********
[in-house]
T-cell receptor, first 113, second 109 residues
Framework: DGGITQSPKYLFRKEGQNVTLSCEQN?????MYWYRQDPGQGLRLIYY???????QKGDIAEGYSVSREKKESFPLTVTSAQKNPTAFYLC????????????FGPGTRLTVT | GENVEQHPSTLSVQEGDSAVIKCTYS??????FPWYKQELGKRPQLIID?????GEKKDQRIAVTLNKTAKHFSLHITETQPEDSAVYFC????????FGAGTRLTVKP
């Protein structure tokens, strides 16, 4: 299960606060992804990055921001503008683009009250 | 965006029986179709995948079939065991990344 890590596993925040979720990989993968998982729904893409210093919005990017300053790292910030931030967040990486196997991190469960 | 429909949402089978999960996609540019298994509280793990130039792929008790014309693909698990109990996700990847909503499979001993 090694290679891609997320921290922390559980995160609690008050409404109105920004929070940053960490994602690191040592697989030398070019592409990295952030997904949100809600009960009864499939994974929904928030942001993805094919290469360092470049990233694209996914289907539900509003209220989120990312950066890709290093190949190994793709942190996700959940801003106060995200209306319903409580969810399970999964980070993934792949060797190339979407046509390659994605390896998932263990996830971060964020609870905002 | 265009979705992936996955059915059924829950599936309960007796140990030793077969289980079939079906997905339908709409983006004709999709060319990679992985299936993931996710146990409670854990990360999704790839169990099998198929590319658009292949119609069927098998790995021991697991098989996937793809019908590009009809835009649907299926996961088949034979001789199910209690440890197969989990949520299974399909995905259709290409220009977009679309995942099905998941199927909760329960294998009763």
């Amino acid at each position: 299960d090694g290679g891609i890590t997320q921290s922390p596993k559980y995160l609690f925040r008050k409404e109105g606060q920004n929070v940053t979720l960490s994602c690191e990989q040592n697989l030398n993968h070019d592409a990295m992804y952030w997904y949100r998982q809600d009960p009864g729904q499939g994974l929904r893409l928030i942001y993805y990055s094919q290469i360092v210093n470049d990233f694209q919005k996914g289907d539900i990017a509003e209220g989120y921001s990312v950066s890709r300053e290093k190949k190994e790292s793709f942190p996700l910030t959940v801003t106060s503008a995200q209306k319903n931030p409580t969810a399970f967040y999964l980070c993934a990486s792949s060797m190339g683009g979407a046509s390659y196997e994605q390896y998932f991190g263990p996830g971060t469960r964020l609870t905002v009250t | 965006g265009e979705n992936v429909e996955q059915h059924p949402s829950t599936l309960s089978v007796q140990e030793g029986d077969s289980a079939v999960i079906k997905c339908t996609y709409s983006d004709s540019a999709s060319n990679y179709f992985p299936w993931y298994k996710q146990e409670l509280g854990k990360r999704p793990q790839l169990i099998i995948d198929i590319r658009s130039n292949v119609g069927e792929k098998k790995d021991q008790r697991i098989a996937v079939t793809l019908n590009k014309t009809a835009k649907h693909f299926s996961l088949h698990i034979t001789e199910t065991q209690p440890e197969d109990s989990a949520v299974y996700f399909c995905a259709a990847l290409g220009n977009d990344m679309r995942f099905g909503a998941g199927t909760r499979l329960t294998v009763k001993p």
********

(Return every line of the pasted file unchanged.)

[in-house]
T-cell receptor, first 113, second 109 residues
Framework: DGGITQSPKYLFRKEGQNVTLSCEQN?????MYWYRQDPGQGLRLIYY???????QKGDIAEGYSVSREKKESFPLTVTSAQKNPTAFYLC????????????FGPGTRLTVT | GENVEQHPSTLSVQEGDSAVIKCTYS??????FPWYKQELGKRPQLIID?????GEKKDQRIAVTLNKTAKHFSLHITETQPEDSAVYFC????????FGAGTRLTVKP
């Protein structure tokens, strides 16, 4: 299960606060992804990055921001503008683009009250 | 965006029986179709995948079939065991990344 890590596993925040979720990989993968998982729904893409210093919005990017300053790292910030931030967040990486196997991190469960 | 429909949402089978999960996609540019298994509280793990130039792929008790014309693909698990109990996700990847909503499979001993 090694290679891609997320921290922390559980995160609690008050409404109105920004929070940053960490994602690191040592697989030398070019592409990295952030997904949100809600009960009864499939994974929904928030942001993805094919290469360092470049990233694209996914289907539900509003209220989120990312950066890709290093190949190994793709942190996700959940801003106060995200209306319903409580969810399970999964980070993934792949060797190339979407046509390659994605390896998932263990996830971060964020609870905002 | 265009979705992936996955059915059924829950599936309960007796140990030793077969289980079939079906997905339908709409983006004709999709060319990679992985299936993931996710146990409670854990990360999704790839169990099998198929590319658009292949119609069927098998790995021991697991098989996937793809019908590009009809835009649907299926996961088949034979001789199910209690440890197969989990949520299974399909995905259709290409220009977009679309995942099905998941199927909760329960294998009763």
């Amino acid at each position: 299960d090694g290679g891609i890590t997320q921290s922390p596993k559980y995160l609690f925040r008050k409404e109105g606060q920004n929070v940053t979720l960490s994602c690191e990989q040592n697989l030398n993968h070019d592409a990295m992804y952030w997904y949100r998982q809600d009960p009864g729904q499939g994974l929904r893409l928030i942001y993805y990055s094919q290469i360092v210093n470049d990233f694209q919005k996914g289907d539900i990017a509003e209220g989120y921001s990312v950066s890709r300053e290093k190949k190994e790292s793709f942190p996700l910030t959940v801003t106060s503008a995200q209306k319903n931030p409580t969810a399970f967040y999964l980070c993934a990486s792949s060797m190339g683009g979407a046509s390659y196997e994605q390896y998932f991190g263990p996830g971060t469960r964020l609870t905002v009250t | 965006g265009e979705n992936v429909e996955q059915h059924p949402s829950t599936l309960s089978v007796q140990e030793g029986d077969s289980a079939v999960i079906k997905c339908t996609y709409s983006d004709s540019a999709s060319n990679y179709f992985p299936w993931y298994k996710q146990e409670l509280g854990k990360r999704p793990q790839l169990i099998i995948d198929i590319r658009s130039n292949v119609g069927e792929k098998k790995d021991q008790r697991i098989a996937v079939t793809l019908n590009k014309t009809a835009k649907h693909f299926s996961l088949h698990i034979t001789e199910t065991q209690p440890e197969d109990s989990a949520v299974y996700f399909c995905a259709a990847l290409g220009n977009d990344m679309r995942f099905g909503a998941g199927t909760r499979l329960t294998v009763k001993p």